According to a United Nations Conference on Trade and Development (UNCTAD) report published on 23 February, advanced and second generation biofuels have become a commercial reality in the context of advanced technologies, economic pressures and a political will to act on climate change.
The report, Second-Generation Biofuel Markets: State of Play, Trade and Developing Country Perspectives, focuses on how the second generation biofuel market can be exploited in the wake of environmental commitments made by countries around the world, and how developing countries can be assisted in acquiring required technology.
The USA has the largest installed capacity for cellulosic ethanol production, as well as the largest amount of working second-generation biofuel facilities. It is following respectively by China, Canada, the EU and Brazil. Projects and feedstocks vary significantly in all countries, the report added.
As of 2015 there were no cellulosic ethanol projects in Africa and Latin America (excluding Brazil), the report found, although there was progress in both regions in bagasse-fired electricity co-generation and biomass cook stoves.
Two main strategies were identified as having given traction to advanced biofuels in the world.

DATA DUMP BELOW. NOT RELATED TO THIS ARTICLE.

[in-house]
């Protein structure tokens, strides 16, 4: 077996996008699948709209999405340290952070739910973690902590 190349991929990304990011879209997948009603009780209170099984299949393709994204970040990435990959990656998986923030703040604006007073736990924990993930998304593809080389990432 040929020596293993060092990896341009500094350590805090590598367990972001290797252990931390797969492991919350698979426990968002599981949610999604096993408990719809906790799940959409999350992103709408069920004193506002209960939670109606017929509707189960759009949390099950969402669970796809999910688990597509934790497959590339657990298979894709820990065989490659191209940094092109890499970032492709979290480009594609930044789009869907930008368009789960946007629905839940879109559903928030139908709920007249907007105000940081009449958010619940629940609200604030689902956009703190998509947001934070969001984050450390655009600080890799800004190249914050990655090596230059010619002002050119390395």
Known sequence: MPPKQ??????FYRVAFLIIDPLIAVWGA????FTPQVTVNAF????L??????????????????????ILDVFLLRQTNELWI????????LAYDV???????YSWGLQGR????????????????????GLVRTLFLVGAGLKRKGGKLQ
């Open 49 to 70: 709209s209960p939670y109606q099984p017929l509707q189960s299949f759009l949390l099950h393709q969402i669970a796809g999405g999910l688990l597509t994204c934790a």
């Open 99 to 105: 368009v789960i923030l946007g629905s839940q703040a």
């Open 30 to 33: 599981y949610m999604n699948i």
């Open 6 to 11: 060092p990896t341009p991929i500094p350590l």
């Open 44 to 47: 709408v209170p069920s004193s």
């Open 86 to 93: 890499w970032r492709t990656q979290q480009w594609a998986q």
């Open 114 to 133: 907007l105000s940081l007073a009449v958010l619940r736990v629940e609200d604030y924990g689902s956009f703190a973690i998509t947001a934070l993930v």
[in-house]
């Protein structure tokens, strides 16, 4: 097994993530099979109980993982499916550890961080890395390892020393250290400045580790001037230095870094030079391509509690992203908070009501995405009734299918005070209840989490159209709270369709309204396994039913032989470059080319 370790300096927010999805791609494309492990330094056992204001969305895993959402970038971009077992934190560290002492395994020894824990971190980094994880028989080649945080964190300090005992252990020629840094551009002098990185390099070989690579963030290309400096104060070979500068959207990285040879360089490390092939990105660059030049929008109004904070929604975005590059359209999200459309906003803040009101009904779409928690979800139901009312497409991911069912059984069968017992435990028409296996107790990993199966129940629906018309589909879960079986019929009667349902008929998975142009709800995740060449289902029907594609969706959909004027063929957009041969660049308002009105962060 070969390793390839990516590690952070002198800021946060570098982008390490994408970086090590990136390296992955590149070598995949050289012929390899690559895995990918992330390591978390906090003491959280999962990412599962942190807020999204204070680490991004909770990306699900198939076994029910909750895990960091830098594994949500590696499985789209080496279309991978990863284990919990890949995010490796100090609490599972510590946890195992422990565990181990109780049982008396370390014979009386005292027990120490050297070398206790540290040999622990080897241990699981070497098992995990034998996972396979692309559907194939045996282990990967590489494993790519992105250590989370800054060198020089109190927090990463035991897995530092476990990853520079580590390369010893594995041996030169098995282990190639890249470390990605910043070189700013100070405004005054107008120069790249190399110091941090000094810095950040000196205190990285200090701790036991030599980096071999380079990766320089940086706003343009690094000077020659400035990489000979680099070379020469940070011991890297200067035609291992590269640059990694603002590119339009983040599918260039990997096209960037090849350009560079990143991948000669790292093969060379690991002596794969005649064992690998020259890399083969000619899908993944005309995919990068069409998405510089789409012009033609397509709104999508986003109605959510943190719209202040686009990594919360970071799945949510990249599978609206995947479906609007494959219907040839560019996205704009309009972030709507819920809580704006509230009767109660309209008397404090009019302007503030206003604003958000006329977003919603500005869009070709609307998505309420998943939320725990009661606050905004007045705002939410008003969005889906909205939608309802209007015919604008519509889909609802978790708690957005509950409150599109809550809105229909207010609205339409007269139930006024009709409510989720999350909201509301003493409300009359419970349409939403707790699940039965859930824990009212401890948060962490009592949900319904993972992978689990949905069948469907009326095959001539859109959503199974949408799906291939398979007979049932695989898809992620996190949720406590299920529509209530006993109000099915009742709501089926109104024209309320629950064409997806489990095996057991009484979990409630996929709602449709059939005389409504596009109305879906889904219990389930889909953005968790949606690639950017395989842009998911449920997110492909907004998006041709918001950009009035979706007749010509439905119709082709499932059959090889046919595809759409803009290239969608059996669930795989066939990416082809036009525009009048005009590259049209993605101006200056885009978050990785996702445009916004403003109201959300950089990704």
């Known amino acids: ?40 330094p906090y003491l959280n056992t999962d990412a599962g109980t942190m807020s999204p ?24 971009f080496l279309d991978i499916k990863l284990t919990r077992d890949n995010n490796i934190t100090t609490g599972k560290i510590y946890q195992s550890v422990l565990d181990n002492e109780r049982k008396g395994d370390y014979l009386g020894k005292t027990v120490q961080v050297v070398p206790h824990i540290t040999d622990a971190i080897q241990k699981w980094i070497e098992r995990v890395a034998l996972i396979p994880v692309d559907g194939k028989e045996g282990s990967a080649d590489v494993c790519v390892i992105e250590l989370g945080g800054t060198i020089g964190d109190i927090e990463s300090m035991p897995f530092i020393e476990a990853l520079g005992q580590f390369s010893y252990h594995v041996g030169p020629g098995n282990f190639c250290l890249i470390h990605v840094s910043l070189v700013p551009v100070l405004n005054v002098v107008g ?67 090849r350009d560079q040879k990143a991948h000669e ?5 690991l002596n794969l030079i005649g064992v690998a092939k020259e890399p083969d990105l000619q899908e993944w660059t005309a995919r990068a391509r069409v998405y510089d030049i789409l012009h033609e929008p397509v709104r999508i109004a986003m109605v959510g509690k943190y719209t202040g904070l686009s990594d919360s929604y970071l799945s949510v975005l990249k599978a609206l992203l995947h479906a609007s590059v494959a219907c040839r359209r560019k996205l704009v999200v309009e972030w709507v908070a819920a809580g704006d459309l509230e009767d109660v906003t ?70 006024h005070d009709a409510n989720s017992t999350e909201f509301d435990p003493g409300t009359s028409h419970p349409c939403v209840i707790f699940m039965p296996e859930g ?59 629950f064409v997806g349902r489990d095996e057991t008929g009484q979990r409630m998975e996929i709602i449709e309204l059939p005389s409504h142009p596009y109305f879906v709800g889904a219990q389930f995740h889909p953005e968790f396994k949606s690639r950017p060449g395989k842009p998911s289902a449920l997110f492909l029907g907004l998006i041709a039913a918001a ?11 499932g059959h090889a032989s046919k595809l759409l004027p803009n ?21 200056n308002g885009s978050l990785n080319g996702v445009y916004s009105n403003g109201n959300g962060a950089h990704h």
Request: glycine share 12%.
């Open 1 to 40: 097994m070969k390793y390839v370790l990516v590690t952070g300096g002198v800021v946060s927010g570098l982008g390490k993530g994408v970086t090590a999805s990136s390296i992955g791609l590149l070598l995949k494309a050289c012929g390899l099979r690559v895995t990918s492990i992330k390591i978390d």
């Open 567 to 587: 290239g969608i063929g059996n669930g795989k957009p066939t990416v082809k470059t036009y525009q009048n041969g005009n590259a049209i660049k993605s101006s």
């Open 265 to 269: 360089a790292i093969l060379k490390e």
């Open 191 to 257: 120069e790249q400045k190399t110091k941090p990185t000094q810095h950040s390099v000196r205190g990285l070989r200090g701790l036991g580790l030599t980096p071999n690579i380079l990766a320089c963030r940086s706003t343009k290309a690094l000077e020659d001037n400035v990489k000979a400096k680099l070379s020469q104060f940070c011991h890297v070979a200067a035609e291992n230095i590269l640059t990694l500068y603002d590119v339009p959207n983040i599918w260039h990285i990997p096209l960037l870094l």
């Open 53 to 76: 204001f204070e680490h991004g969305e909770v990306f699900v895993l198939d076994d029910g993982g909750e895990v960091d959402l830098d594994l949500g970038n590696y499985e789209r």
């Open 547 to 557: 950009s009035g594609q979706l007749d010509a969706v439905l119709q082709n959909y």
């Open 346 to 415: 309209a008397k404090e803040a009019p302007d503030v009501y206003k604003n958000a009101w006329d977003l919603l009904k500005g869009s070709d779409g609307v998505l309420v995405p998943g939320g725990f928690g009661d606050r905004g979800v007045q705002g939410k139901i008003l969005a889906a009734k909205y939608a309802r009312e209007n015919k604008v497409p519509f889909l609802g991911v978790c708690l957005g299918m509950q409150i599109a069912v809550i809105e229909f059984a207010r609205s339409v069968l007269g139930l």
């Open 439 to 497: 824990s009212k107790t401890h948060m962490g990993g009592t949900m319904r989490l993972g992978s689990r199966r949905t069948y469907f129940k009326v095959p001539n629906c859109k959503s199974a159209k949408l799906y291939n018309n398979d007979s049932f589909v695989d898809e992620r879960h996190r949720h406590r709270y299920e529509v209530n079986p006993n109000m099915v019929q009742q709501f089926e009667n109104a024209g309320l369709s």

First, a market-segmentation strategy in biofuels used in the US and more recently the EU, that limits conventional biofuels and creates premium pricing.
The second strategy is the availability of national development bank loans that have reduced risk and promoted industry growth – in particular in China and Brazil.
The report did note that while production facilities have been scaled up in recent years, actual production is much smaller than nominal capacities.
Reasons for this discrepancy include high feedstock costs, high processing costs, incomplete regulatory frameworks, risk avoidance and limits to biofuel blending.
Finally the report said that further rules on advanced biofuels in international trade law should be well-balanced and take into account the different conditions in which biofuels are produced around the world. Rules should not create unjustifiable obstacles to international trade of biofuels.